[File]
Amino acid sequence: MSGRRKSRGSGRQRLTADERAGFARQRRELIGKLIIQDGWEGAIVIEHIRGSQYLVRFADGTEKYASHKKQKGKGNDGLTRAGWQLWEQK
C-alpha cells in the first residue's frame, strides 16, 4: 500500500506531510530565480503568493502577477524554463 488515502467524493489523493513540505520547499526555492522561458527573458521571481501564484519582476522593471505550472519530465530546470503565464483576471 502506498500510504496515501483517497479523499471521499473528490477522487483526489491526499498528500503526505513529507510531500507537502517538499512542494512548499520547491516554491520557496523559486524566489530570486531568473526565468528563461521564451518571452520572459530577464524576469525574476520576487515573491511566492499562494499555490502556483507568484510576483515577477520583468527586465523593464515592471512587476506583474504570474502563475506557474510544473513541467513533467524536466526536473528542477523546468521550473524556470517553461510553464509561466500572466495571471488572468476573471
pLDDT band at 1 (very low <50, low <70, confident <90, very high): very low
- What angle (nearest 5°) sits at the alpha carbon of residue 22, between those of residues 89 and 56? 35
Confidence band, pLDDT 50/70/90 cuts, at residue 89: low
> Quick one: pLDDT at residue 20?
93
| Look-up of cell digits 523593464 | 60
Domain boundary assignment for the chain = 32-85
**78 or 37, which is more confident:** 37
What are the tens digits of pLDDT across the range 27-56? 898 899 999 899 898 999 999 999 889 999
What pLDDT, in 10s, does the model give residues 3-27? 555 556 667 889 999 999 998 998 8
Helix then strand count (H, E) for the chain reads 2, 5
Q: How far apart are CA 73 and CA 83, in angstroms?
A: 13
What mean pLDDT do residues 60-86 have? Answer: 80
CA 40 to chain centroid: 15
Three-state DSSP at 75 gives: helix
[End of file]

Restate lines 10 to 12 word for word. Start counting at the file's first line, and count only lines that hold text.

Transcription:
**78 or 37, which is more confident:** 37
What are the tens digits of pLDDT across the range 27-56? 898 899 999 899 898 999 999 999 889 999
What pLDDT, in 10s, does the model give residues 3-27? 555 556 667 889 999 999 998 998 8